It is not often that President Barack Obama and former Speaker Newt Gingrich publicly agree, but both have made similar arguments recently pointing to shipping company FedEx as evidence that electronic health record interconnectivity is possible. If FedEx can digitally track a package sent anywhere in the world, the argument goes, then why can't the U.S. healthcare system collect and track basic patient health information?
But comparing a single company to an entire industry isn't exactly apples to apples. FedEx is a massive corporation that has the economies of scale and capital to invest in state-of-the-art technologies. What about the rest of the shipping industry? A much smaller company that offers similar services—let's say an independent courier that delivers packages in New York City—has a more limited budget and runs a very different operation.
It's not a perfect analogy, but the point is most healthcare isn't provided by big businesses that have the resources of a FedEx. In fact, small medical practices provide about 75%-80% of ambulatory care in the United States. While implementing an EHR system can be complicated and expensive (even with federal incentives) in any practice, it is particularly challenging for small and solo practices that can't spread the cost burden among a large group.
That's why only about 13% of small and solo practices have implemented EHRs, compared to 57% of physicians in practices with more than 50 doctors.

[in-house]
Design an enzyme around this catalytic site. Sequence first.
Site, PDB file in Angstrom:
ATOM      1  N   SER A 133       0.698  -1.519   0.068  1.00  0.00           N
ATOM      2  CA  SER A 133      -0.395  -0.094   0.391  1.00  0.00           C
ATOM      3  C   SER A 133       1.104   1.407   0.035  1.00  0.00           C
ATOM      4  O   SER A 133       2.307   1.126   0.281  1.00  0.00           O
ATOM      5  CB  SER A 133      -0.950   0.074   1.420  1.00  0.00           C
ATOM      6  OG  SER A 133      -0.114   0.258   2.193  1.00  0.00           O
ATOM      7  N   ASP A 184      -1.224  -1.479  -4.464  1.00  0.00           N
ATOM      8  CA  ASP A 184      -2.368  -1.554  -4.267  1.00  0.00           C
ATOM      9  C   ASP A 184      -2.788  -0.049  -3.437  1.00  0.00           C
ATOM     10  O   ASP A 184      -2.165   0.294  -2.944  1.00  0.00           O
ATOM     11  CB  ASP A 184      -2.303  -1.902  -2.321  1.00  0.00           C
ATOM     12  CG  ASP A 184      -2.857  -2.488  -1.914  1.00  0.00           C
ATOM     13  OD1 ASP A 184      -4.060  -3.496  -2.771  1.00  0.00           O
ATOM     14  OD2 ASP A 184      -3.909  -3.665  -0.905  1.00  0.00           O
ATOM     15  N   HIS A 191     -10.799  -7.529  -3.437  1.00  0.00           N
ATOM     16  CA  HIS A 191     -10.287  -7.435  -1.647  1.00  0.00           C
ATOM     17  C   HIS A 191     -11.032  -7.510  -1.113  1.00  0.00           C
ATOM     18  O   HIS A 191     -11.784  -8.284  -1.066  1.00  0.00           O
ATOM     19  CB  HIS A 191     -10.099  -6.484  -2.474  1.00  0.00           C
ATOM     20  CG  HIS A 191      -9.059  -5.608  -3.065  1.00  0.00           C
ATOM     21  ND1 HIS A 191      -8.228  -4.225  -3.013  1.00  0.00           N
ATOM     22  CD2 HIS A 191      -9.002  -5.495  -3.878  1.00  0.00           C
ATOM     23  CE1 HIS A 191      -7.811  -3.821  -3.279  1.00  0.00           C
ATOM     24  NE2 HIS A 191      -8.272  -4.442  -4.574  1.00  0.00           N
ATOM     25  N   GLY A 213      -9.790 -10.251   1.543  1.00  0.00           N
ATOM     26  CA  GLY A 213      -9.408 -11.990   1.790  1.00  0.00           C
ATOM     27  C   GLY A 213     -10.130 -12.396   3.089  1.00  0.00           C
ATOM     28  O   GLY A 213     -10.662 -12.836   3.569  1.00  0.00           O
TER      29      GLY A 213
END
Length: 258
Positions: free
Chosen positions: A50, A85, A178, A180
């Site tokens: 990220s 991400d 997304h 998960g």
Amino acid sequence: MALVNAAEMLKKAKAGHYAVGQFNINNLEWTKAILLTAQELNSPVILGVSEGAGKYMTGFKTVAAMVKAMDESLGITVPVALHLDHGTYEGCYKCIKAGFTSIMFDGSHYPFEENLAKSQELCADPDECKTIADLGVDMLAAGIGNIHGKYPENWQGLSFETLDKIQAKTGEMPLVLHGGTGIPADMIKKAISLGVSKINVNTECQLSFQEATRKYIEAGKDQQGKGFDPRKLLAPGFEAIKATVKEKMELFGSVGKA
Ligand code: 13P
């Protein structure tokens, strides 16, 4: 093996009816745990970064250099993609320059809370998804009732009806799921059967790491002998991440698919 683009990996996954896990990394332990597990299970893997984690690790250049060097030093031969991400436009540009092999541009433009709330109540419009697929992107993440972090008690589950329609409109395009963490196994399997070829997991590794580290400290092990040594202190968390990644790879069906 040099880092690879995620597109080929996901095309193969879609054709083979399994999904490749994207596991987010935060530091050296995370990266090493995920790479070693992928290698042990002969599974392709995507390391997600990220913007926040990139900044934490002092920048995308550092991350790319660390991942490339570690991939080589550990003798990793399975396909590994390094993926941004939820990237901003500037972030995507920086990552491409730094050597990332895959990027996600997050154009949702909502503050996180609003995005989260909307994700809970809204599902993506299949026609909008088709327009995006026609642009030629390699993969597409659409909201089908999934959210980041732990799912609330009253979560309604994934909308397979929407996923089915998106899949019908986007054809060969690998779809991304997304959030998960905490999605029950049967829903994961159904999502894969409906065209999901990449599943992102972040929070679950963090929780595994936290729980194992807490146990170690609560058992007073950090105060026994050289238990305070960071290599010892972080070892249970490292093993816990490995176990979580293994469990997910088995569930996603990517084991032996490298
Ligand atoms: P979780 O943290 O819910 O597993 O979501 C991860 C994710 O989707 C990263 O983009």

Federal officials charged with working out the details of the Health Information Technology for Economic and Clinical Health (HITECH) Act must account for this landscape and the unique challenges that small and solo practices face. Will $44,000 over several years even be enough to offset the costs of implementation for a single physician? Will an ambitious meaningful use definition set the bar too high for small physician groups?
A report released yesterday by the National Committee for Quality Assurance suggests that, while small practices are often willing to change in order to improve quality, they lack the resources and need special attention and assistance.
Congress, to its credit, is looking for ways to help. Yesterday, the House Committee on Small Business held hearings about the specific challenges solo and small practices face in health IT adoption. Kathy Dahlkemper (D-PA), chairwoman of the Subcommittee on Regulations and Healthcare, oversaw the hearings and introduced the Small Business Health Information Technology Financing Act, which would establish a new program at the Small Business Administration to guarantee loans made to physicians seeking to invest in Health IT.